Most social anxiety disorder can be effectively treated with cognitive behavioral therapy that seeks to address the sources of the anxiety and teaches other strategies for managing these kinds of fears.  It may also be helpful for adolescents and teens with the condition to participate in group therapy with others in their age group as this can provide a safe environment that enables them to build social skills and practice positive interactions.

Many adolescents and teens with social anxiety may also have another condition.  It is important to the success of treatment to know if there are other co-existing conditions so that they can be treated appropriately.

People with social anxiety can learn to manage their fear and make great strides in participating more fully in their own lives.  Parents can support their adolescents by getting them the right help, offering encouragement, and helping celebrate small successes that will build confidence and self esteem.

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Generalized Anxiety Disorder: What Parents Need to Know

A teen singing.

Generalized anxiety disorder most commonly affects those between adolescence and middle age. Image via Wikipedia


Everyone worries about things, even children and teenagers.  Whether the worry is over the upcoming history test, getting a date to the prom, or making the soccer team, anxiety is a normal part of everyday life.  However, in some people, normal everyday worries can become excessive and everyday things can cause severe anxiety.  This type of anxiety is called Generalized Anxiety Disorder (GAD) and it affects about 3% of the U.S.population each year, including one in eight children.

Generalized Anxiety Disorder is characterized by exaggerated anxiety and unwarranted worry about everyday problems.  People with this disorder may obsess about the worst case scenario in every situation and are unable to stop their anxiety from spiraling out of control.  Women are two times as likely to have the disorder and it most commonly affects those between adolescence and middle age.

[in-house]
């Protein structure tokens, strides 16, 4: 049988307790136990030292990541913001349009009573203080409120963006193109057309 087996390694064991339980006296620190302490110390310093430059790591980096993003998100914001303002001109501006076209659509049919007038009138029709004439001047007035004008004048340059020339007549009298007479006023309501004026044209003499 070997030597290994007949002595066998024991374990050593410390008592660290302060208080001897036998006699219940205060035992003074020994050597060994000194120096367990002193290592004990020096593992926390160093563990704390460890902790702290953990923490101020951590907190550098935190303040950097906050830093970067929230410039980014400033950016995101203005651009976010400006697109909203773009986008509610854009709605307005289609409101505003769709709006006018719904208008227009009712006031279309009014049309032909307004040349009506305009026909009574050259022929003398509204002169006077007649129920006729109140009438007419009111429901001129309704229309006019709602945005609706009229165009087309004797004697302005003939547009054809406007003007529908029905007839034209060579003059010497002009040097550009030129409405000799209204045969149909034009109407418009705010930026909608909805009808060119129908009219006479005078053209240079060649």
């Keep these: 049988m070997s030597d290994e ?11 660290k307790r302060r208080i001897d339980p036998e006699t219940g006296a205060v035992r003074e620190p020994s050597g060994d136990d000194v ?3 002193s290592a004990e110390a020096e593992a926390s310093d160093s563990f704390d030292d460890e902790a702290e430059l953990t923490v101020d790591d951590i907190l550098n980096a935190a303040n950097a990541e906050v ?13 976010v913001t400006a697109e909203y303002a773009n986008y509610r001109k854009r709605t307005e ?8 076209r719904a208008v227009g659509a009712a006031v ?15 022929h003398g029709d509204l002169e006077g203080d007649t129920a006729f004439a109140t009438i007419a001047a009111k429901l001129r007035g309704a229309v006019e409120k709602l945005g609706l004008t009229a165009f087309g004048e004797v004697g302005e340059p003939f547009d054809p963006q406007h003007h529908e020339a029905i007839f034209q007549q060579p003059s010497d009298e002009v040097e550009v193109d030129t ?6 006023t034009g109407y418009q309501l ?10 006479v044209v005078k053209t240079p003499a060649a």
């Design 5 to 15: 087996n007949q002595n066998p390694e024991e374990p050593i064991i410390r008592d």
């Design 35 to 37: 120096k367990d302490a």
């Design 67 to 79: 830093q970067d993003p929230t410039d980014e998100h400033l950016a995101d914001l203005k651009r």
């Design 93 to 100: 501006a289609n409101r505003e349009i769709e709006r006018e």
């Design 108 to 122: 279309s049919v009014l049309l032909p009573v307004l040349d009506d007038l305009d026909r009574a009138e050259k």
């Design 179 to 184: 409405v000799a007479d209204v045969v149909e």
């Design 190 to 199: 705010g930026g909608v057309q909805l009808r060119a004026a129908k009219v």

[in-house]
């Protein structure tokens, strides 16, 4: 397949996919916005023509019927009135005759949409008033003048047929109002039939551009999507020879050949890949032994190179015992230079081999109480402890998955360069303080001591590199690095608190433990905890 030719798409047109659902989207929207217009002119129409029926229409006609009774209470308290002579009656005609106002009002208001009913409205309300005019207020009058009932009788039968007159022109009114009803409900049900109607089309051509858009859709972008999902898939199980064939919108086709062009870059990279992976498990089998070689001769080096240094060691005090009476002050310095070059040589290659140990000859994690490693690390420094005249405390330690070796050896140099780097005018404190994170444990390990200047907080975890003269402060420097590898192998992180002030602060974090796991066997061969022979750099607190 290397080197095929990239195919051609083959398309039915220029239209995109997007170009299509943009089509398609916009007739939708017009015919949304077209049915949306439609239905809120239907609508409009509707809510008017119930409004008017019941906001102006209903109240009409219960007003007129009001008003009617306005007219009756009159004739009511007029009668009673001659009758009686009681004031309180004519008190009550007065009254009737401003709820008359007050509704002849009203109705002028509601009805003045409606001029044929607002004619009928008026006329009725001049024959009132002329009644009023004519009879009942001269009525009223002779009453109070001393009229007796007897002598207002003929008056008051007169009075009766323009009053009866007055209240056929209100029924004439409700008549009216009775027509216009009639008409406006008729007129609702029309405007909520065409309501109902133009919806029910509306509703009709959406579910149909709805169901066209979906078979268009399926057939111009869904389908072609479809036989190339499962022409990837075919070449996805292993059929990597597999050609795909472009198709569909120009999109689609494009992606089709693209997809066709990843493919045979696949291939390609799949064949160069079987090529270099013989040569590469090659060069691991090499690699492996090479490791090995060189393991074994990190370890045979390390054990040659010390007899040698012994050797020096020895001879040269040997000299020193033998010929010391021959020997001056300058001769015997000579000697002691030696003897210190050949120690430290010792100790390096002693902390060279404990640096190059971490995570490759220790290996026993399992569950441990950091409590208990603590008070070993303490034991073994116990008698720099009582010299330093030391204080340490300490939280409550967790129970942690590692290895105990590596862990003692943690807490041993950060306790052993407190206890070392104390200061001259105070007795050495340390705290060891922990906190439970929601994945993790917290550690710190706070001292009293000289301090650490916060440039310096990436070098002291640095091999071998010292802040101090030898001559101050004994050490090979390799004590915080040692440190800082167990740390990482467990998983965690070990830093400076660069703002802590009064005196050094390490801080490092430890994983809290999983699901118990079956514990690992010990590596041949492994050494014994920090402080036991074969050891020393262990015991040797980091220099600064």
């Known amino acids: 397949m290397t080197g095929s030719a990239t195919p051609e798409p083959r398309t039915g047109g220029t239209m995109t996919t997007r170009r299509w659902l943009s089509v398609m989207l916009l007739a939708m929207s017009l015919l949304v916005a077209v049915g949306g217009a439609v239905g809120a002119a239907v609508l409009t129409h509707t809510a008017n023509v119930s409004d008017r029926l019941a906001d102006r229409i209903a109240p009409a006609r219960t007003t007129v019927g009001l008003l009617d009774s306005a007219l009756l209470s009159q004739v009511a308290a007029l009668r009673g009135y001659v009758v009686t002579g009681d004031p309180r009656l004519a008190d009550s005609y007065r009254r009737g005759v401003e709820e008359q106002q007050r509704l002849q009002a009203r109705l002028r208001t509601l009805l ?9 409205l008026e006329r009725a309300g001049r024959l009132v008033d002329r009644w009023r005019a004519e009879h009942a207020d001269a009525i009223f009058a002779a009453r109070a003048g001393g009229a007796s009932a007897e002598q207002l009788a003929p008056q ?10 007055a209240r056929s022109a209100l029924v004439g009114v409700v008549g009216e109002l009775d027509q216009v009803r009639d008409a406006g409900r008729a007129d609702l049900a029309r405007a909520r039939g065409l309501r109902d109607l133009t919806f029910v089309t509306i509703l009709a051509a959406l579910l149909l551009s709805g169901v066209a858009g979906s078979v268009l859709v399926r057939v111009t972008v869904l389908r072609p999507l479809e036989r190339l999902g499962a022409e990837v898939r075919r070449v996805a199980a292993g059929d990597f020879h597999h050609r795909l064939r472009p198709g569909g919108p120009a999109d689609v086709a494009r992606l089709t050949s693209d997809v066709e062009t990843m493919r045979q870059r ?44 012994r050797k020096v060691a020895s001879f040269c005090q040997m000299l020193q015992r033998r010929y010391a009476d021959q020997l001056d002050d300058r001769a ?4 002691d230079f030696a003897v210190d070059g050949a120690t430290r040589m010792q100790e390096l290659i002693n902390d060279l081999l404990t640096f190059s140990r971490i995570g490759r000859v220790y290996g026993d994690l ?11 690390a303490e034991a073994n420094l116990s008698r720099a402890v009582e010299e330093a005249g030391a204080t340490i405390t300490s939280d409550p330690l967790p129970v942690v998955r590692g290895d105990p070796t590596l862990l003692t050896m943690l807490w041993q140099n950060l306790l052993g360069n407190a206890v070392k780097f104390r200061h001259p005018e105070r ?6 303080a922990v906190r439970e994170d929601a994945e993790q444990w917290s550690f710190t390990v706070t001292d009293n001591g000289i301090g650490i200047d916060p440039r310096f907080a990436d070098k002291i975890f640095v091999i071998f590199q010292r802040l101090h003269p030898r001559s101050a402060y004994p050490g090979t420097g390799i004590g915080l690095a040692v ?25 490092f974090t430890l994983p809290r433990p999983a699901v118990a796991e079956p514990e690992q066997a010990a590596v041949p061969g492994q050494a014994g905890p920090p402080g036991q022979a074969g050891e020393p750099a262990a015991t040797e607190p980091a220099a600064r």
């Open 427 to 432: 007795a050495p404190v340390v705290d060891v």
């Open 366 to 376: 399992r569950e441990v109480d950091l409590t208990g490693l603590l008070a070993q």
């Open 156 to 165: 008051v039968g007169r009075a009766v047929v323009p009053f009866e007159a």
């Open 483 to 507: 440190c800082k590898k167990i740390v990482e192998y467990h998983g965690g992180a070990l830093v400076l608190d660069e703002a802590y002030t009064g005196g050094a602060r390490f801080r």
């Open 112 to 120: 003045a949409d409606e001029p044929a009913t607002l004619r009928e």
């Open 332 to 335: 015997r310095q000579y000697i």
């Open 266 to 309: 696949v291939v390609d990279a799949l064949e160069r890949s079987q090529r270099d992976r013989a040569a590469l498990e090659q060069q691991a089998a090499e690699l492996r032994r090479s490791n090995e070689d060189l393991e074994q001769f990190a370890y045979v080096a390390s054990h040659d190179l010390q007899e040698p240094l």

Teens and young adults with the disorder may not do as well in school, may be susceptible to substance abuse problems, and may struggle with social milestones if it is not treated.  However, with the right combination of treatment, support, and assistance, children with GAD can learn to manage their symptoms and successfully navigate their lives.


People with GAD experience consistent, persistent, chronic worry or anxiety about things that do not warrant this level of anxiety for more than 6 months.

One of the key differences between the anxiety everyone experiences and GAD is that everyday anxiety is temporary and GAD is not.  Adults and children with GAD can experience heightened anxiety all day, every day and it can interfere with their normal activities.  It is common for those with GAD to use avoidance as a tool for managing their anxiety.  An adolescent who is experiencing temporary anxiety will respond to comforting words, reassurances, and a list of the reasons they don’t need to be anxious.  The anxiety of a child or teen with GAD will not be soothed by these techniques.

In addition to the chronic nature of the anxious thoughts and feelings someone with GAD experiences, there are also some physical symptoms that are often present with the disorder including:

  • Unexplained fatigue and problems sleeping
  • Restlessness, edginess, and irritability
  • Gastrointestinal problems including  nausea and diarrhea
  • Difficulties concentrating and headaches


Generalized anxiety disorder has no known cause but stress, traumatic events, heredity, and biological factors may contribute to its onset.  It is relatively common and can affect people of all ages.  Although it generally develops gradually over time, many people with the disorder cannot remember a time when they did not experience some level of anxiety.


Many people with GAD respond well to cognitive behavioral therapy, medication, or a combination of both.  Therapy can be beneficial in helping a person with the disorder to identify their triggers and modify their thought patterns and behavior.  Techniques for easing anxiety and promoting relaxation can also be beneficial to those with GAD.

It is very common for people with GAD to have a co-existing disorder.  Depression, substance abuse, and other anxiety disorders are commonly seen in those with the disorder.  Getting diagnosis and treatment for any co-existing conditions is an important part of overall treatment for GAD.